but the film retains most of the original cast, including Liam Neeson as Aslan who does a wonderful job voicing the Great Lion, even if he completely missed the memo that Aslan is allegory to Christ, and not Muhammad... He’s an actor, we expect him to be entertaining not intelligent. Don’t worry, this is clearly a Christian film, and while that may hurt it with some audiences Christians still make up some where in the upwards of 70% plus of the country and is still (when combining all the denominations) the largest religion in the world, so its not like there isn’t an audience for this movie.
The problem facing The Voyage of the Dawn Treader is the same one which killed ticket sales for Prince Caspian. The reviews for all of these movies so far have been decent to positive but the relatively good reviews didn’t help Prince Caspian against Iron Man, Hulk, and the Dark Knight. Voyage of the Dawn Treader is in a similar pickle where it is now a 20th Century Fox produced film up against two Disney Megatons and Harry Potter. The odds were against this film just as they were for the last one. To date the film has brought in just under 30 million while Fox was hoping for a 40 million dollar opening weekend. This makes me very sad because of the three this one is the best. The 3D in this film is among the best 3D I have seen to date, though the film avoids literally throwing things at the audience and is more casual and natural about the effects. There is one sequence where the film “splashes” the audience. It was pretty neat to have the water spray off the screen right into your face before vanishing. It is an absolutely stunning experience that one must have, to view this movie any other way is to rob yourself of a truly enchanting experience.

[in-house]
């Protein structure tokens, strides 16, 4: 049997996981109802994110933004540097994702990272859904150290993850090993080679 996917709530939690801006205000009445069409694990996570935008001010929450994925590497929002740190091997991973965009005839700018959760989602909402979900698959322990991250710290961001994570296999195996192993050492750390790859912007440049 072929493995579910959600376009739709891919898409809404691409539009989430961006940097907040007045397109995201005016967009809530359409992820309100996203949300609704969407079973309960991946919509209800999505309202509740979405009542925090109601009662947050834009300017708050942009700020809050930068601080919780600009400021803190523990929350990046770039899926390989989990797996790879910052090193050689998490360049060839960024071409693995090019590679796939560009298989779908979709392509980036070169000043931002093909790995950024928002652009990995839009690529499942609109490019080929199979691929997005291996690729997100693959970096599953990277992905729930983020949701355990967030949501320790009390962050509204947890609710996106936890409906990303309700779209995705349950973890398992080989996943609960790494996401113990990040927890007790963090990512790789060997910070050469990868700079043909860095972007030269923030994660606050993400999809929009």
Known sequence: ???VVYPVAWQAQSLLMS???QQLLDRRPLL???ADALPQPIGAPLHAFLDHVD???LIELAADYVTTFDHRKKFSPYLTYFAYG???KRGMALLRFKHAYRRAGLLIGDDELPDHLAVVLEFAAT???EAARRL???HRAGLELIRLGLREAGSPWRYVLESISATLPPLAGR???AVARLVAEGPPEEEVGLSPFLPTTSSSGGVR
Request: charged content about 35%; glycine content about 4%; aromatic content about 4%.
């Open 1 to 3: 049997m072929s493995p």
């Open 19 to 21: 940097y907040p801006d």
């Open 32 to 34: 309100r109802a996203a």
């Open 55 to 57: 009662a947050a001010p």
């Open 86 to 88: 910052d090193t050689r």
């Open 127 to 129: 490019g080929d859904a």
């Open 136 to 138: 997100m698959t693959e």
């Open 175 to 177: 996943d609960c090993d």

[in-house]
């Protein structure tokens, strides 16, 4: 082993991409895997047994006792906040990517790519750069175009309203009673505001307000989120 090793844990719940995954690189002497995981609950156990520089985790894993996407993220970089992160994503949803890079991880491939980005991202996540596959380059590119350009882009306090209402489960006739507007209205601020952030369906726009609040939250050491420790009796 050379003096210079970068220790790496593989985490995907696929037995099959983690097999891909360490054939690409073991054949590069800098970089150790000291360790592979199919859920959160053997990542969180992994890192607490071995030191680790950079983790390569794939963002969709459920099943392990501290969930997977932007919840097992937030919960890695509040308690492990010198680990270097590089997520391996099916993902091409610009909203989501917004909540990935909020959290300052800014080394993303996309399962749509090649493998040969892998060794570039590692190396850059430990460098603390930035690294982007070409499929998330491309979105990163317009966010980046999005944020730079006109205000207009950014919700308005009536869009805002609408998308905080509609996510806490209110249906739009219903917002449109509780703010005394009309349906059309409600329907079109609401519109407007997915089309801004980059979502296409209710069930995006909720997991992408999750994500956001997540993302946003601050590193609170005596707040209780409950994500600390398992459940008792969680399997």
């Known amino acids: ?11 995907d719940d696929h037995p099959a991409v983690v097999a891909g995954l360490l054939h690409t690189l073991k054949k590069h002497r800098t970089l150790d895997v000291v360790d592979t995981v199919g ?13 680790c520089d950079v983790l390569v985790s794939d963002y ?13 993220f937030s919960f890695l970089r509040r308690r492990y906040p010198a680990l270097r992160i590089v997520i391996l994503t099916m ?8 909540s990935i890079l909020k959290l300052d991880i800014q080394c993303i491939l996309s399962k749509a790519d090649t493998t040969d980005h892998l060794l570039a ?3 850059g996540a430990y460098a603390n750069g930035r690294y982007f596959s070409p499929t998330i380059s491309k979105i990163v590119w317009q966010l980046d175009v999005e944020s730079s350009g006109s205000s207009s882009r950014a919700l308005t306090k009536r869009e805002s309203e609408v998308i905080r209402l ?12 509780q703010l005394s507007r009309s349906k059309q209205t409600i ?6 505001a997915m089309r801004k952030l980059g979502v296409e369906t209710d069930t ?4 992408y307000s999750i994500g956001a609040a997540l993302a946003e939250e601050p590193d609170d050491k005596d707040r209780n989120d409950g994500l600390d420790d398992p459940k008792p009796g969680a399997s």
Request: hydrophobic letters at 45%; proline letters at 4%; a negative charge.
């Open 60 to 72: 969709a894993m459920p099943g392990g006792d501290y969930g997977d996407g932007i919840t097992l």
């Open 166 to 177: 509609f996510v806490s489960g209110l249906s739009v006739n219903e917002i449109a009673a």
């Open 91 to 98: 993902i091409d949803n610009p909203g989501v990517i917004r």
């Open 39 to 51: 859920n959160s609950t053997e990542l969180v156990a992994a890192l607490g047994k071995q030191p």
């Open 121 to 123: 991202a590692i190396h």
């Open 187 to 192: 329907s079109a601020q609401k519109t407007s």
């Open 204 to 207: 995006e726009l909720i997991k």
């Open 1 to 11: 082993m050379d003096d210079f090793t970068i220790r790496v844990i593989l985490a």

The CGI in this film is absolutely wonderful, although the film’s narrative does indeed add details not found in the book no one with a heart will walk out of the theatre with a dry eye.
Aslan’s time on screen is spent delivering three very powerful messages, the first about the power of the individual and that every single one of us is important individually (a sharp but indirect repudiation of collectivism) and also the scene where Aslan rips away Eustic’s Dragon form is a powerful allegory to the Baptism by “fire” the scriptures speak of when discussing the gift and power of the holy spirit, or even when the Great Lion reveals subtly to the children that He does indeed in our world, but under a different name. Of course Liam Neeson might not know Him, but we do.
The fate facing this film series looks pretty grim right now based on the lackluster ticket sales. This is, I believe, a sorry state of things when a sequel to a 20 year old B-Movie (Tron) is expected to do very well and has helped to burry the one film out there which could help us break down the barriers preventing us from re-taking Hollywood, a battle we must wage if we are truly going to fix this nation. I appeal to Christians of all denominations, especially those of you in the Tea Party and 9/12 groups to please go see this movie. Understand that our victories in November mean nothing if we fail to fix education and entertainment. If Christian themed films succeed at the box office then Hollywood, wanting our money as I assure you they do, will make more, and as more family friendly and Christ centered films succeed at the box office less of the smut they try to sell us as entertainment today will be made and we will win the battle for the soul of the nation purely through the might of the Free Market. Besides, Voyage of the Dawn Treader really is a spectacular film that works hard to make up for the shortcomings of its predecessor, it’s a fantastic family friendly adventure and I can think of few who wouldn’t enjoy it. Personally I am hoping for at least two more films for this franchise, the Silver Chair and the Last Battle. If enough success of these films becomes large enough then we can hope for the Magician’s Nephew as well… and wouldn’t it be wonderful to see that happen?